The Great Plains of India

The Great Plains of India

This plain is located between the Himalayas and the peninsular India. The rivers originating from the Himalayas (e.g. the Ganga the Yamuna, the Indus, the Brahmaputra, the Kosi etc.) and those originating from the peninsular India (e.g. the Son, the Chambal etc.) have created this fertile plain by depositing alluvial soil there. It extends approximately 3,200 km from the east to the west. Average width of these plains varies between 150-300 km.

On the basis of structural characteristics and slope, this plain can be divided into four parts:

  1. The Bhabar
  2. The Tarai
  3. The Khadar and
  4. The Bhangar


The bhabar lies all along the foothills of the Shiwaliks. lt is a porous and pebbled plain. It has been created by the deposition of granules and pebbles brought by the rivers descending from the Himalayas. It is also known as the ‘alluvial fan’ of the Shiwaliks. The rivers flowing through this region disappear i.e., they flow under the pebbles because of too much porosity and are invisible on the ground.


This region is exactly to south of the bhabar region. The river that disappear in the bhabar region re-appear in the terai region. Since this region is very much plane, the river water spreads here and there, and makes it a marshy land. This region which was covered with dense forests is now being changed into agricultural land after cutting them.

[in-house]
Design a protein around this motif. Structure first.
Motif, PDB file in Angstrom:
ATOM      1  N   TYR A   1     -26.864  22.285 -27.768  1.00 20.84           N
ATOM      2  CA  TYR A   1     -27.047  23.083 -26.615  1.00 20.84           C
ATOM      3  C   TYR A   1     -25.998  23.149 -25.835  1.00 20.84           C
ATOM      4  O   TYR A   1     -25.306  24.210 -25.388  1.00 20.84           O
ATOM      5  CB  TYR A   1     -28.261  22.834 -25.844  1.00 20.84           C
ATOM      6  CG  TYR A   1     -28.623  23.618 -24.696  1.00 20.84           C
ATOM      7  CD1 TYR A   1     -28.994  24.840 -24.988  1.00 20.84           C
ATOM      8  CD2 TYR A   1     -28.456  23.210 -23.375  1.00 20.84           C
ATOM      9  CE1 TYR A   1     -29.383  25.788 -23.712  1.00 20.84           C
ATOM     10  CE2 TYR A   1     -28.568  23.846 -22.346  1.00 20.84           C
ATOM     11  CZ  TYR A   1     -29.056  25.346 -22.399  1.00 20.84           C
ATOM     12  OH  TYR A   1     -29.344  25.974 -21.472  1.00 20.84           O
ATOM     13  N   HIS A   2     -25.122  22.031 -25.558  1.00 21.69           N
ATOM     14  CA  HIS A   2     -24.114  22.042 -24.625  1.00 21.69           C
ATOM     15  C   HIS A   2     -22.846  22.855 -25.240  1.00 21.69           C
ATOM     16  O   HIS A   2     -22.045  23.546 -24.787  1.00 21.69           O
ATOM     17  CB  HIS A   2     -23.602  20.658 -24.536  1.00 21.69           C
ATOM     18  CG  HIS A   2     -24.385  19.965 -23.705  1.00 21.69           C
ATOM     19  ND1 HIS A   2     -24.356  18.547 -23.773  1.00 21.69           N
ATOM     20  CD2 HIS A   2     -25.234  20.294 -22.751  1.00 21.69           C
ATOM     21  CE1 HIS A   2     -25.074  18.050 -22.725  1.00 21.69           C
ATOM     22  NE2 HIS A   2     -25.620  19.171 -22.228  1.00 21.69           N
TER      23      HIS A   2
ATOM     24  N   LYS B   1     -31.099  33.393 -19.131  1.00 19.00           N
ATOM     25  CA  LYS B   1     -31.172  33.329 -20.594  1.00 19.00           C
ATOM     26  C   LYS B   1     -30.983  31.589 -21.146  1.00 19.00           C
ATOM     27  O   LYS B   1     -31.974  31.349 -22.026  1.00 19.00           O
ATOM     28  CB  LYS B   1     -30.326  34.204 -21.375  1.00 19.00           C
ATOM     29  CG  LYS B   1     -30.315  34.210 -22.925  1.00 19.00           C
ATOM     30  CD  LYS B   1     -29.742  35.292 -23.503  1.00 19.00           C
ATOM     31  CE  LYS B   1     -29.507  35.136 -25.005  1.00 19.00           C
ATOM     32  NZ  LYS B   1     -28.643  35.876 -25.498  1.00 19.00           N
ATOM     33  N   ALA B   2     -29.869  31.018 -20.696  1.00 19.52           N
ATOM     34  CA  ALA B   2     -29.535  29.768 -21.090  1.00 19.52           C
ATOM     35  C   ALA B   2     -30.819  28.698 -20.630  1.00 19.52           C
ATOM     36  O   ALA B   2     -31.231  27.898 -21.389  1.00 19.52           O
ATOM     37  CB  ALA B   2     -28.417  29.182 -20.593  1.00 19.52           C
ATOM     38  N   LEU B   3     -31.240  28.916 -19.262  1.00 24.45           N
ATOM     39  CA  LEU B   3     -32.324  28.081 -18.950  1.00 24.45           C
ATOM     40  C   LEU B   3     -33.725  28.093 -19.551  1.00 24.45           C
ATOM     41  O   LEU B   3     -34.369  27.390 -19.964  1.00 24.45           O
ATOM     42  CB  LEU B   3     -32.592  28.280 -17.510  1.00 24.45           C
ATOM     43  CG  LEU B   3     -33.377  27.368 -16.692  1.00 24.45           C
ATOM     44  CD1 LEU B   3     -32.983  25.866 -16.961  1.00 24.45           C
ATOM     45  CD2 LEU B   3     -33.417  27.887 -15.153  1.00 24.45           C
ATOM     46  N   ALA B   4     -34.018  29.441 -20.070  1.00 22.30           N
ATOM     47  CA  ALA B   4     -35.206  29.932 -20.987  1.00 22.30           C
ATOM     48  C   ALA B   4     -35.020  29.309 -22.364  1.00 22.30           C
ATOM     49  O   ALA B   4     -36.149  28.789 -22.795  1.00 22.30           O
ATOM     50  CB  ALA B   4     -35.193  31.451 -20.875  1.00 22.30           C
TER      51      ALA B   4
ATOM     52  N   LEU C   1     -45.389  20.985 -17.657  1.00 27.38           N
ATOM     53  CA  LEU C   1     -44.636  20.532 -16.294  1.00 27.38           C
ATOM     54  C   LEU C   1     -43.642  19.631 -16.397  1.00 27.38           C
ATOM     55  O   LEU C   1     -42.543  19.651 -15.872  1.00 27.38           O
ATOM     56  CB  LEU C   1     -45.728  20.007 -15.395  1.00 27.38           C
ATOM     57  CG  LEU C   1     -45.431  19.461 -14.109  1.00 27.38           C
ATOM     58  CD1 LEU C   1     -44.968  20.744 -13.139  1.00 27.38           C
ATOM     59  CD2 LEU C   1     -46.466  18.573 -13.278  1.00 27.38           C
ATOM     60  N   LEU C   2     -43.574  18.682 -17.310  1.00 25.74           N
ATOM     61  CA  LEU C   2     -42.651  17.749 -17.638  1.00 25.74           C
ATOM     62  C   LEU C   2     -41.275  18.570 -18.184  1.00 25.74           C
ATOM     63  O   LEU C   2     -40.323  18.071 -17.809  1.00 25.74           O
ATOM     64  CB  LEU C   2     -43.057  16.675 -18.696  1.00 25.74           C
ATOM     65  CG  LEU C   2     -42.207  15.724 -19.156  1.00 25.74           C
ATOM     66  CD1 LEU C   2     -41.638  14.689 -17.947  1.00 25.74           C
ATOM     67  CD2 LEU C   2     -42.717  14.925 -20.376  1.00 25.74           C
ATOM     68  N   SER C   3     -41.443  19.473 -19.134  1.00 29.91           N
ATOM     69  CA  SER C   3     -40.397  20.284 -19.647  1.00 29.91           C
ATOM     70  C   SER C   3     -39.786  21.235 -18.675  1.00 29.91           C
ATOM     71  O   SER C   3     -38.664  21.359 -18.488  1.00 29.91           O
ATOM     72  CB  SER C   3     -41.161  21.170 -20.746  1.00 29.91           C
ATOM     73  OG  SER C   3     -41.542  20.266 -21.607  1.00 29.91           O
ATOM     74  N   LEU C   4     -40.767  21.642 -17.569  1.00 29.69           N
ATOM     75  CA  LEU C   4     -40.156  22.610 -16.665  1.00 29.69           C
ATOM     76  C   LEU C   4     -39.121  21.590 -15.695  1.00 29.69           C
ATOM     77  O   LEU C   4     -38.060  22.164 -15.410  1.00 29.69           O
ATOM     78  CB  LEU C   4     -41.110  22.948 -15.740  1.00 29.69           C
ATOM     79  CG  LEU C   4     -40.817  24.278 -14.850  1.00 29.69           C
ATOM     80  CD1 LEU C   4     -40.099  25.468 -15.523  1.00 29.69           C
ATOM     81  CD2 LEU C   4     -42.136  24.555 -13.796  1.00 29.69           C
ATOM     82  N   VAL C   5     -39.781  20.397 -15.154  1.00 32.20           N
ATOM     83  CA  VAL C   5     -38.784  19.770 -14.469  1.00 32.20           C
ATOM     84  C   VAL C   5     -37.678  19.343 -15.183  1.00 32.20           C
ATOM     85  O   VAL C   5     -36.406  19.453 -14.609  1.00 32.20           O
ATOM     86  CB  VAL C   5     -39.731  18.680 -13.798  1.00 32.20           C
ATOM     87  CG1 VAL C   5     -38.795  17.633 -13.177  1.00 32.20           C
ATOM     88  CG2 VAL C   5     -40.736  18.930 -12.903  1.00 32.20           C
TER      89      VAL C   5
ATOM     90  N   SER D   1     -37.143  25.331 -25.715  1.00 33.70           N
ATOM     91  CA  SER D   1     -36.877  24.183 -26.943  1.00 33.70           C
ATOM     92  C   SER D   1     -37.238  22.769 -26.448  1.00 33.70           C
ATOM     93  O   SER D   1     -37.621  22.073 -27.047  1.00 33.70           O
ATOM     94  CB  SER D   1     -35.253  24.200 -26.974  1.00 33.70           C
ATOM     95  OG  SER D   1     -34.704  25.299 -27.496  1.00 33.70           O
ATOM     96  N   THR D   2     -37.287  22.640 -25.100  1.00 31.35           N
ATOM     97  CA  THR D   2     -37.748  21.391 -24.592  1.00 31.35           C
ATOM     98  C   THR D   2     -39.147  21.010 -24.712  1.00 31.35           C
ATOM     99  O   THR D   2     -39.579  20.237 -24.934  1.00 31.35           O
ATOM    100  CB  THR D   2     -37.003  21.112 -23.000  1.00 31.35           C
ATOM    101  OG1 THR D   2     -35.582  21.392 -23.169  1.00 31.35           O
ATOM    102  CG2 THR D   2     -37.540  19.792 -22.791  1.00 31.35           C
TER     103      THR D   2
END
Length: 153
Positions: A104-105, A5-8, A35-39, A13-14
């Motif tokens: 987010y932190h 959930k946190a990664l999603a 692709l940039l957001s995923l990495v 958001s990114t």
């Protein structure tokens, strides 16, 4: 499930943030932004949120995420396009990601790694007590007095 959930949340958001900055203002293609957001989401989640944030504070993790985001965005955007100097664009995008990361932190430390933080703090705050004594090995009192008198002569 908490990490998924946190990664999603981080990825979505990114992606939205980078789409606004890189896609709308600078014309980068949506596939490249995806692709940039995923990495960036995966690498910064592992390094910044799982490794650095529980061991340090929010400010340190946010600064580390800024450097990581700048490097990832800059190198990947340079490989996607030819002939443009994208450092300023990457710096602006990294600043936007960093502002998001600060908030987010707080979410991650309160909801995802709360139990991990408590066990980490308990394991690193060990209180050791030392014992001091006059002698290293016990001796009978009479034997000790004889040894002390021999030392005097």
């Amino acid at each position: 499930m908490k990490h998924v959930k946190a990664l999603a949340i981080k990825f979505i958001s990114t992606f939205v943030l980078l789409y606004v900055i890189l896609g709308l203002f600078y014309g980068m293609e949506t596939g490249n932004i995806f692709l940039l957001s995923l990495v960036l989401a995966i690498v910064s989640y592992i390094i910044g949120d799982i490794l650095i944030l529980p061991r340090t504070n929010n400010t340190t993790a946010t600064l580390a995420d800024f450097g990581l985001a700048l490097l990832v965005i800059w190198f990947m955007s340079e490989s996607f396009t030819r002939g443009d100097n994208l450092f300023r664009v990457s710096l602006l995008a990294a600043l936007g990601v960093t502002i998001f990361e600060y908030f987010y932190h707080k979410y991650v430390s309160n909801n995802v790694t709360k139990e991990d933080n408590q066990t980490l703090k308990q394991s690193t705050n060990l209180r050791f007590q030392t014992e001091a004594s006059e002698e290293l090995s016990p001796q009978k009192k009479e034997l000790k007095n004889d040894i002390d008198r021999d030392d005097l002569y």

Bangar (Bhangar)

It Is made of old alluvial soil. It is a higher region than khadar. Normally, the flood water does not reach this region. The expansion of the bangar region is found in the region between two rivers (doab). The Ganga-Yamuna doab and the plain of the Satluj are its examples.


This plain has been made by the deposition of new alluvial soil and is rather low land, Here the flood water reaches almost every year making this plain fertile. These regions of Bihar, eastern Uttar Pradesh and West Bengal adjacent to the river valleys come under khadar region. The delta of the Ganga-Brahmaputra is also an example of Khadar.

On the regional basis this great plain can be divided into following sub-heads:

  1. Indus Plain
  2. The Plain of Punjab.
    • The significant characteristics of this plain are Panch-doabs (doabs of five rivers) which have special names
    • (a) Bist doab—doab between the Beas and the Satluj.
    • (b) Bari doab—doab between the Beas and the Ravi.
    • (c) Rachna doab—doab between the Ravi and the Chenab.
    • (d) Chhaj doab—doab between the Chenab and the Jhelum
    • (e) Sindh sagar doab—doab between the Jhelum-Chenab and the Indus.
  3. The Plain of Rajasthan
  4. The Gangetic Plain
    • (a) The Upper Gangatic Plain
    • (b) The Middle Gangatic Plain
    • (c) The Lower Gangatic Plain
  5. The Brahmaputra Plain

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